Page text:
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- Proceedings of the American Control Conference
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- National Science Foundation
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Minimizing Energy Consumption and Peak Power of Series Elastic Actuators: a Convex Optimization Framework for Elastic Element DesignCompared to rigid actuators, Series Elastic Actuators (SEAs) offer a potential reduction of motor energy consumption and peak power, though these benefits are highly dependent on the design of the torque-elongation profile of the elastic element. In the case of linear springs, natural dynamics is a traditional method for this design, but it has two major limitations: arbitrary load trajectories are difficult or impossible to analyze and it does not consider actuator constraints. Parametric optimization is also a popular design method that addresses these limitations, but solutions are only optimal within the space of the parameters. To overcome these limitations, we propose a non-parametric convex optimization program for the design of the nonlinear elastic element that minimizes energy consumption and peak power for an arbitrary periodic reference trajectory. To obtain convexity, we introduce a convex approximation to the expression of peak power; energy consumption is shown to be convex without approximation. The combination of peak power and energy consumption in the cost function leads to a multiobjective convex optimization framework that comprises the main contribution of this paper. As a case study, we recover the elongation-torque profile of a cubic spring, given its natural oscillation as the reference load. Wemore »
Robust Optimal Design of Energy Efficient Series Elastic Actuators: Application to a Powered Prosthetic AnkleDesign of rehabilitation and physical assistance robots that work safely and efficiently despite uncertain operational conditions remains an important challenge. Current methods for the design of energy efficient series elastic actuators use an optimization formulation that typically assumes known operational requirements. This approach could lead to actuators that cannot satisfy elongation, speed, or torque requirements when the operation deviates from nominal conditions. Addressing this gap, we propose a convex optimization formulation to design the stiffness of series elastic actuators to minimize energy consumption and satisfy actuator constraints despite uncertainty due to manufacturing of the spring, unmodeled dynamics, efficiency of the transmission, and the kinematics and kinetics of the load. To achieve convexity, we write energy consumption as a scalar convex-quadratic function of compliance. As actuator constraints, we consider peak motor torque, peak motor velocity, limitations due to the speed-torque relationship of DC motors, and peak elongation of the spring. We apply our formulation to the robust design of a series elastic actuator for a powered prosthetic ankle. Our simulation results indicate that a small trade-off between energy efficiency and robustness is justified to design actuators that can operate with uncertainty.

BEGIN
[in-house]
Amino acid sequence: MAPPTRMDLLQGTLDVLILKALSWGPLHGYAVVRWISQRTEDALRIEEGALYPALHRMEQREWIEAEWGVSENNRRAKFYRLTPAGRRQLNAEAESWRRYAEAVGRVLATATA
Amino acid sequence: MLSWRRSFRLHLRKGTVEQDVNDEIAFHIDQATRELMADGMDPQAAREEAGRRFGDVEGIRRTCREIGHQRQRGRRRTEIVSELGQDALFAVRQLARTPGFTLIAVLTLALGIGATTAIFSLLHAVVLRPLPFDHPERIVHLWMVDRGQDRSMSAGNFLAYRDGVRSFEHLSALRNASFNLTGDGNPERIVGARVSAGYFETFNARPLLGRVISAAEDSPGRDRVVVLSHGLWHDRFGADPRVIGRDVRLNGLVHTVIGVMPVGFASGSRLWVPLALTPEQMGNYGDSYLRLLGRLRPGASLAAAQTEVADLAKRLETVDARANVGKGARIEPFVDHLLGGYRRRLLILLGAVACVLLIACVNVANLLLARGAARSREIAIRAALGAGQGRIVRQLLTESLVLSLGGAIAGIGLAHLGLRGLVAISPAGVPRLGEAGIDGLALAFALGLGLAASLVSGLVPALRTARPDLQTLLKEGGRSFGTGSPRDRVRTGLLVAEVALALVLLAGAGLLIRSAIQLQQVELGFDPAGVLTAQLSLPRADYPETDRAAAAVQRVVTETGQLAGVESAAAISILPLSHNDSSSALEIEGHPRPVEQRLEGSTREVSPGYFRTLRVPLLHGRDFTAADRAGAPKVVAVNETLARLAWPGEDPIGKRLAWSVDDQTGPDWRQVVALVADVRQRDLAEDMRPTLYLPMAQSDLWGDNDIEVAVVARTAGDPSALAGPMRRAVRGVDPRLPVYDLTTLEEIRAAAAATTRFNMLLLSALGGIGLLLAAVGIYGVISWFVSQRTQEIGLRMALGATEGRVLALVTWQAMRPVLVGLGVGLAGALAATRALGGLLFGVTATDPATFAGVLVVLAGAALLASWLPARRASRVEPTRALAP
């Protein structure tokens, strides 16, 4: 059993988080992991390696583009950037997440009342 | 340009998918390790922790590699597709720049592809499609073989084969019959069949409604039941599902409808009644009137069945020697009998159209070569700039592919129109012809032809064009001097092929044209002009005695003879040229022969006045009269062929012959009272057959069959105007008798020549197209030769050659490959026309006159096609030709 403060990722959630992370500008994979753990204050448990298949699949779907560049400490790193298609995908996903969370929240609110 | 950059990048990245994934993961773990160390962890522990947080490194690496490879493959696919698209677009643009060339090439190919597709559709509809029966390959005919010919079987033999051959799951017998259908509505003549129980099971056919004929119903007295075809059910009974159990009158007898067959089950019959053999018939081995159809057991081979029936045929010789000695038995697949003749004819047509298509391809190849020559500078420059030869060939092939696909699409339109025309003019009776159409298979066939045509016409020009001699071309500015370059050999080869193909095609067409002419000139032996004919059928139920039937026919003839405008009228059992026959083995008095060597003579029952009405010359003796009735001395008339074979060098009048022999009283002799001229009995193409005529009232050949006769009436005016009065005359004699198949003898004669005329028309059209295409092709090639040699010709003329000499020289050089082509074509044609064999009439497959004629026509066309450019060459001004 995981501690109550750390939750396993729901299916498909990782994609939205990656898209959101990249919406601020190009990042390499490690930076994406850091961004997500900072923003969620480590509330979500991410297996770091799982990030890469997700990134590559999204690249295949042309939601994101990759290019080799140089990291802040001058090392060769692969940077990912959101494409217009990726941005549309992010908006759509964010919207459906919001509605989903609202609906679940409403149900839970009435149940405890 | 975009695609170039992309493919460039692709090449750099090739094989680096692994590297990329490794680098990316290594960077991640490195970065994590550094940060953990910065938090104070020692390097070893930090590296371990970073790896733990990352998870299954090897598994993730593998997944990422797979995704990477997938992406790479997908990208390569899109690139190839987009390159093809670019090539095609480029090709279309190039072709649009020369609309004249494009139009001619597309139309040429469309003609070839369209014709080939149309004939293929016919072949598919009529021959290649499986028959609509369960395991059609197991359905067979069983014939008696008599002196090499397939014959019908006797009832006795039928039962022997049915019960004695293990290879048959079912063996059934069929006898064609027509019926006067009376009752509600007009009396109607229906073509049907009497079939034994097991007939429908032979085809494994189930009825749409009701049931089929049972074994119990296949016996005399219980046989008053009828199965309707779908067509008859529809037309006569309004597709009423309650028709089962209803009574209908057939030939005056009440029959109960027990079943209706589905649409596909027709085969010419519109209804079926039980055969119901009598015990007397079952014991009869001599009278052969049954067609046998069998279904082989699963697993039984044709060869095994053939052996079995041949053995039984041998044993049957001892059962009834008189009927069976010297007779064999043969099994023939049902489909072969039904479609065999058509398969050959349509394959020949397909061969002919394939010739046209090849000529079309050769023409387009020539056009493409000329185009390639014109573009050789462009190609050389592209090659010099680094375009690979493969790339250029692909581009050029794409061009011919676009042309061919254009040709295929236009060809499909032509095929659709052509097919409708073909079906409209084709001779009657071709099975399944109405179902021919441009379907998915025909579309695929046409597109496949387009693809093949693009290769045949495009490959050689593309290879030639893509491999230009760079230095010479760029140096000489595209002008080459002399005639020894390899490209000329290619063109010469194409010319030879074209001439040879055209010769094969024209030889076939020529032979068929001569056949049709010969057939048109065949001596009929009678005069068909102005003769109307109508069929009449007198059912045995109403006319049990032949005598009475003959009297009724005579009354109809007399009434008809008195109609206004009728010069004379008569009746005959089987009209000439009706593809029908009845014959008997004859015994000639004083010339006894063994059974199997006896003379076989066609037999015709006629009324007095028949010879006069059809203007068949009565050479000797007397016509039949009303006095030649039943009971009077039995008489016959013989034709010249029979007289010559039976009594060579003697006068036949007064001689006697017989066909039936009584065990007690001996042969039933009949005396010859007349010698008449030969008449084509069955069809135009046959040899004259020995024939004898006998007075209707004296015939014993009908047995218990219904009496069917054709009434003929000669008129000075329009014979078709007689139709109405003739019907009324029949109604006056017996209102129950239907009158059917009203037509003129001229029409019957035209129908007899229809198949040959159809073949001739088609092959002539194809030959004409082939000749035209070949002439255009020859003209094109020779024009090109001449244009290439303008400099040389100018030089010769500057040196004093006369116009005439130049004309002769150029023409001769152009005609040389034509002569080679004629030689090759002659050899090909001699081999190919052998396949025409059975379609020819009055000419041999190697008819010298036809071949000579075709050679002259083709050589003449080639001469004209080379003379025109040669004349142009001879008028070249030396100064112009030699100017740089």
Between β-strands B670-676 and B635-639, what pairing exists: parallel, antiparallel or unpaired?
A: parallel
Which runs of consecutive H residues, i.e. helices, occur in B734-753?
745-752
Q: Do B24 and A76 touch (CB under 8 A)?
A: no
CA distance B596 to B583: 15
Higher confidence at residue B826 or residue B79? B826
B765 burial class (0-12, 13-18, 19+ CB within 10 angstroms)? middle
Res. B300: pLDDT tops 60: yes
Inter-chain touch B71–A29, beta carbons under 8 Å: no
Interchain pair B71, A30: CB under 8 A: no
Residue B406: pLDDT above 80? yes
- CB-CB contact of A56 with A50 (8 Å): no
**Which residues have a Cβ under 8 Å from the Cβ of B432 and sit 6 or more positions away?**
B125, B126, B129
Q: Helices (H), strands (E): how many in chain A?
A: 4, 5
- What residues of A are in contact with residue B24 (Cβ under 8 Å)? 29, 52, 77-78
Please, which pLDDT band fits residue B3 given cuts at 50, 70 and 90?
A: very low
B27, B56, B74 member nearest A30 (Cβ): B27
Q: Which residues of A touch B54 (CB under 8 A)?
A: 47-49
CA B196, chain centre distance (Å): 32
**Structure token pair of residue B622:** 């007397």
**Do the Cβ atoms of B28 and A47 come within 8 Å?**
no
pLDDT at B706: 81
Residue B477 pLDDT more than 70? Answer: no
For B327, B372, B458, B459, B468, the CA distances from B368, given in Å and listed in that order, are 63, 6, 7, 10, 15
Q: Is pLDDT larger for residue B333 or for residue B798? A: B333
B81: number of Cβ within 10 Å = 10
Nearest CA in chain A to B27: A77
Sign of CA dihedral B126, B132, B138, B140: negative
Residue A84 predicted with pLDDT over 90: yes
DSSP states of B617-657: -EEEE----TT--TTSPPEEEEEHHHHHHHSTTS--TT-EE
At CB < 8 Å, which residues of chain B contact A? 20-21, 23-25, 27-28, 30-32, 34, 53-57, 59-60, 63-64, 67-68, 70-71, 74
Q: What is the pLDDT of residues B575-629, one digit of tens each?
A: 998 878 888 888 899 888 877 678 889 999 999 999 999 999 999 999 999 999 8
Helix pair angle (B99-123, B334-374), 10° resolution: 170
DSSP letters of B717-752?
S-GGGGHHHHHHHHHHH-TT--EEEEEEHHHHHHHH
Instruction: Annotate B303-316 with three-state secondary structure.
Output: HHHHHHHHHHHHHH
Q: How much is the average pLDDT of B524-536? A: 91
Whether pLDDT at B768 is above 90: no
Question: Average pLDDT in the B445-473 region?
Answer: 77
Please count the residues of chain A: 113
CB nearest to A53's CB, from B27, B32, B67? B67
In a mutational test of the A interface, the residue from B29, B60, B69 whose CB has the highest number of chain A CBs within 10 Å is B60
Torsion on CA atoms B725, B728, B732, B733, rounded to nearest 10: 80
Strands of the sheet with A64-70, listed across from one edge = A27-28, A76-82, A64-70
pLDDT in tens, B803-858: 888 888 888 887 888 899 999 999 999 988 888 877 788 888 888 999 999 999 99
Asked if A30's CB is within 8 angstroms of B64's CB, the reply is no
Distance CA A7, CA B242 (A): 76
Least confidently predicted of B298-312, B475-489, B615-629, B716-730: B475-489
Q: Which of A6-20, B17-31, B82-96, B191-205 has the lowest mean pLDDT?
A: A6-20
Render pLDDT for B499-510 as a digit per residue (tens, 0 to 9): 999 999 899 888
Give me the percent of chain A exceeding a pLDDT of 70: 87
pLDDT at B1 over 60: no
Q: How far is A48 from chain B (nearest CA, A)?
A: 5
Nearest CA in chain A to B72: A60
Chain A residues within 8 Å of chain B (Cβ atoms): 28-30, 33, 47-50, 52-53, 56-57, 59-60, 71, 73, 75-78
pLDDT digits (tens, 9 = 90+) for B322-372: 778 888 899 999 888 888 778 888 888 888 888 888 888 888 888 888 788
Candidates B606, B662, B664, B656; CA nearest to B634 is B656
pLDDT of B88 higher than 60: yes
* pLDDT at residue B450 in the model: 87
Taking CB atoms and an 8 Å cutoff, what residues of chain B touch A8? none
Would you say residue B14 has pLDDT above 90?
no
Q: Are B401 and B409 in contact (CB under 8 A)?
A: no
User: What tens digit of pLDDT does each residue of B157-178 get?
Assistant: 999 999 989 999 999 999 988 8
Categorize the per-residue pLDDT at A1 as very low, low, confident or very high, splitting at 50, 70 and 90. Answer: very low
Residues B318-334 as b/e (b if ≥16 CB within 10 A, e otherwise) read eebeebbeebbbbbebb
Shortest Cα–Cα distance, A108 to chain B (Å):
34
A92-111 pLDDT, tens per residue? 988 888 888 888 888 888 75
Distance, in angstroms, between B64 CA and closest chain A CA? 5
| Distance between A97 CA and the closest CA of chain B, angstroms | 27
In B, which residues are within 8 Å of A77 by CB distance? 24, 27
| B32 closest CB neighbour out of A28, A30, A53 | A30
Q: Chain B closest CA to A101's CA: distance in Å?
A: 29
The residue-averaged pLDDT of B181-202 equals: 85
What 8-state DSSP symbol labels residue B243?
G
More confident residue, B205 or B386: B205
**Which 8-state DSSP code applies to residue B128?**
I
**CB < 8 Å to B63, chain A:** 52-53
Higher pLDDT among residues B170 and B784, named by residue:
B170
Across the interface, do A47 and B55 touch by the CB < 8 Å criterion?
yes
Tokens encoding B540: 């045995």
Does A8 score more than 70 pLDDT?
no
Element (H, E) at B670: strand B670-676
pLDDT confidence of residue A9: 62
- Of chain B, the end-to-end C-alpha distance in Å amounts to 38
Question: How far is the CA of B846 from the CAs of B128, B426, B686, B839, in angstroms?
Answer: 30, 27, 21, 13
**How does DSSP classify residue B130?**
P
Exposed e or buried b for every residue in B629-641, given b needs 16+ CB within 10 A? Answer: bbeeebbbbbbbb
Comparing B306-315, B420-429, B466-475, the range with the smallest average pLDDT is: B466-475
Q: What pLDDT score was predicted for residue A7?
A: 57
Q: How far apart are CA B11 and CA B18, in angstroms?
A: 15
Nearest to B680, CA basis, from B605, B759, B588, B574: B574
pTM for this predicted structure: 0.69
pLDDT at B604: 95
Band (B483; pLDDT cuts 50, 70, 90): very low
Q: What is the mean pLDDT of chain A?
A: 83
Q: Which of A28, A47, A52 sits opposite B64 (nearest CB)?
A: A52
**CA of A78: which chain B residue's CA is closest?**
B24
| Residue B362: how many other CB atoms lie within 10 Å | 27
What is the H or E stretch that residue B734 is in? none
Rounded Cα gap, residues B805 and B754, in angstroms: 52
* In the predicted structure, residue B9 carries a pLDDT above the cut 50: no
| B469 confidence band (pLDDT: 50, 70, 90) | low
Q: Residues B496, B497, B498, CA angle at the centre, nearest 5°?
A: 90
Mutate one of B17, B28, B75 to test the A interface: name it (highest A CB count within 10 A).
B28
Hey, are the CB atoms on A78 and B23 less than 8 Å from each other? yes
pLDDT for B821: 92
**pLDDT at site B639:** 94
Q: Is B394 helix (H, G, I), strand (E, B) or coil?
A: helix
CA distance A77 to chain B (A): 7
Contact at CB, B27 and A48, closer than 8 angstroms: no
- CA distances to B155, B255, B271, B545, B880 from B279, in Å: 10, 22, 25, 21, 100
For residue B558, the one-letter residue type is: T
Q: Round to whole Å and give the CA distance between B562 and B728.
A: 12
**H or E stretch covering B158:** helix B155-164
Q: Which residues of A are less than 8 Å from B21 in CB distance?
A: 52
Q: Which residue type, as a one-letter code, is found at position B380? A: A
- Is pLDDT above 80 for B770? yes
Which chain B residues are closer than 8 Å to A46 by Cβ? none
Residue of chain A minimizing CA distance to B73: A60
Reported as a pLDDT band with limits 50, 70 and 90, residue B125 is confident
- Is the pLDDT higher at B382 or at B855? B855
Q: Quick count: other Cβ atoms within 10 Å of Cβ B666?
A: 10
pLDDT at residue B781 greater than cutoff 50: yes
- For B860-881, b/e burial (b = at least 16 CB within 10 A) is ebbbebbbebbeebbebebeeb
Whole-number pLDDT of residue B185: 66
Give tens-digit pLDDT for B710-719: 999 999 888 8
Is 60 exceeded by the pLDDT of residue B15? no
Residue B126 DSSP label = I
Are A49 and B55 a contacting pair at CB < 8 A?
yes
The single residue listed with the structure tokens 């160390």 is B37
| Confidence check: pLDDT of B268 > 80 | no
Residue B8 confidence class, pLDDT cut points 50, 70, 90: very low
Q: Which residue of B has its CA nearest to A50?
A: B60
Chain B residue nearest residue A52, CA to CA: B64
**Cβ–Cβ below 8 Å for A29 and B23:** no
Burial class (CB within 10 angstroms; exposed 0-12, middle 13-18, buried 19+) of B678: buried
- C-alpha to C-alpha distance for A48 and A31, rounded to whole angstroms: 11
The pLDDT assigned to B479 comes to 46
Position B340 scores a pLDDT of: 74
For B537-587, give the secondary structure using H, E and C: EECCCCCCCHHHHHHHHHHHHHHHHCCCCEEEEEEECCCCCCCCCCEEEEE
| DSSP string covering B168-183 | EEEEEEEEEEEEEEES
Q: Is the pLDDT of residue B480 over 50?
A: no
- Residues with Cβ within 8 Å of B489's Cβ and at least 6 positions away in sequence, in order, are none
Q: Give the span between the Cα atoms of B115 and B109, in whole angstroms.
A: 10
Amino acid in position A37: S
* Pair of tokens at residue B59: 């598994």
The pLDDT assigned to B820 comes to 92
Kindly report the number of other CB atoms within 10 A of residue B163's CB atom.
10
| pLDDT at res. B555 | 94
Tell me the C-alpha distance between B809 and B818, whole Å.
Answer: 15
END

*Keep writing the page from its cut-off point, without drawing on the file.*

Natural dynamics, nonlinear optimization, and, more recently, convex optimization are available methods for stiffness design of energy-efficient series elastic actuators. Natural dynamics and general nonlinear optimization only work for a limited set of load kinetics and kinematics, cannot guarantee convergence to a global optimum, or depend on initial conditions to the numerical solver. Convex programs alleviate these limitations and allow a global solution in polynomial time, which is useful when the space of optimization variables grows (e.g., when designing optimal nonlinear springs or co-designing spring, controller, and reference trajectories). Our previous work introduced the stiffness design of series elastic actuators via convex optimization when the transmission dynamics are negligible, which is an assumption that applies mostly in theory or when the actuator uses a direct or quasi-direct drive. In this work, we extend our analysis to include friction at the transmission. Coulomb friction at the transmission results in a non-convex expression for the energy dissipated as heat, but we illustrate a convex approximation for stiffness design. We experimentally validated our framework using a series elastic actuator with specifications similar to the knee joint of the Open Source Leg, an open-source robotic knee-ankle prosthesis.
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